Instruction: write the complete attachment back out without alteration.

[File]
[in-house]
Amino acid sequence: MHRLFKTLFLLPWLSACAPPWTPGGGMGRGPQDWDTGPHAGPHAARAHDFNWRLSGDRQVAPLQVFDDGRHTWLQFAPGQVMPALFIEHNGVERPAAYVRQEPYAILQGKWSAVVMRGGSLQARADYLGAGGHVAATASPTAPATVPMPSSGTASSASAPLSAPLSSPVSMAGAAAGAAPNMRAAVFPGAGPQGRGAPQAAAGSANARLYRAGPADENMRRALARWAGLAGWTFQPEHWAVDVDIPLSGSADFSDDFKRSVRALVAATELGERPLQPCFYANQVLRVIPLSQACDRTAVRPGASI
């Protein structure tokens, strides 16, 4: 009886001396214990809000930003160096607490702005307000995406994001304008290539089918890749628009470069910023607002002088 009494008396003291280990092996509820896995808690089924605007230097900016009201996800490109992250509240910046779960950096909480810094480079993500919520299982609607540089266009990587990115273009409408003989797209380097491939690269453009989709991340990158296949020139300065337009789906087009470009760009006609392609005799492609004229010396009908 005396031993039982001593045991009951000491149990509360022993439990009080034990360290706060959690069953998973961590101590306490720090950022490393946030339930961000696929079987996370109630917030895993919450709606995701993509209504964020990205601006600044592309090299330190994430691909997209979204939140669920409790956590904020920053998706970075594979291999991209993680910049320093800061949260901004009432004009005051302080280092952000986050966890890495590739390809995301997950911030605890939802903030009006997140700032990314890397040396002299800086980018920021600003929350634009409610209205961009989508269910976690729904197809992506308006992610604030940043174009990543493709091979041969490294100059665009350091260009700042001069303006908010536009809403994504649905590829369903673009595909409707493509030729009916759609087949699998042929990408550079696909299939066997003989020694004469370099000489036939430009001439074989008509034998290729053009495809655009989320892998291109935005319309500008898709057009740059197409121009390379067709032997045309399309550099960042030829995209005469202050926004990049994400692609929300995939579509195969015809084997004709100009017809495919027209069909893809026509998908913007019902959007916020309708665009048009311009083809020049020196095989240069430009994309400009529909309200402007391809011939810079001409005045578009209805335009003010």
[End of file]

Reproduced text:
[in-house]
Amino acid sequence: MHRLFKTLFLLPWLSACAPPWTPGGGMGRGPQDWDTGPHAGPHAARAHDFNWRLSGDRQVAPLQVFDDGRHTWLQFAPGQVMPALFIEHNGVERPAAYVRQEPYAILQGKWSAVVMRGGSLQARADYLGAGGHVAATASPTAPATVPMPSSGTASSASAPLSAPLSSPVSMAGAAAGAAPNMRAAVFPGAGPQGRGAPQAAAGSANARLYRAGPADENMRRALARWAGLAGWTFQPEHWAVDVDIPLSGSADFSDDFKRSVRALVAATELGERPLQPCFYANQVLRVIPLSQACDRTAVRPGASI
């Protein structure tokens, strides 16, 4: 009886001396214990809000930003160096607490702005307000995406994001304008290539089918890749628009470069910023607002002088 009494008396003291280990092996509820896995808690089924605007230097900016009201996800490109992250509240910046779960950096909480810094480079993500919520299982609607540089266009990587990115273009409408003989797209380097491939690269453009989709991340990158296949020139300065337009789906087009470009760009006609392609005799492609004229010396009908 005396031993039982001593045991009951000491149990509360022993439990009080034990360290706060959690069953998973961590101590306490720090950022490393946030339930961000696929079987996370109630917030895993919450709606995701993509209504964020990205601006600044592309090299330190994430691909997209979204939140669920409790956590904020920053998706970075594979291999991209993680910049320093800061949260901004009432004009005051302080280092952000986050966890890495590739390809995301997950911030605890939802903030009006997140700032990314890397040396002299800086980018920021600003929350634009409610209205961009989508269910976690729904197809992506308006992610604030940043174009990543493709091979041969490294100059665009350091260009700042001069303006908010536009809403994504649905590829369903673009595909409707493509030729009916759609087949699998042929990408550079696909299939066997003989020694004469370099000489036939430009001439074989008509034998290729053009495809655009989320892998291109935005319309500008898709057009740059197409121009390379067709032997045309399309550099960042030829995209005469202050926004990049994400692609929300995939579509195969015809084997004709100009017809495919027209069909893809026509998908913007019902959007916020309708665009048009311009083809020049020196095989240069430009994309400009529909309200402007391809011939810079001409005045578009209805335009003010």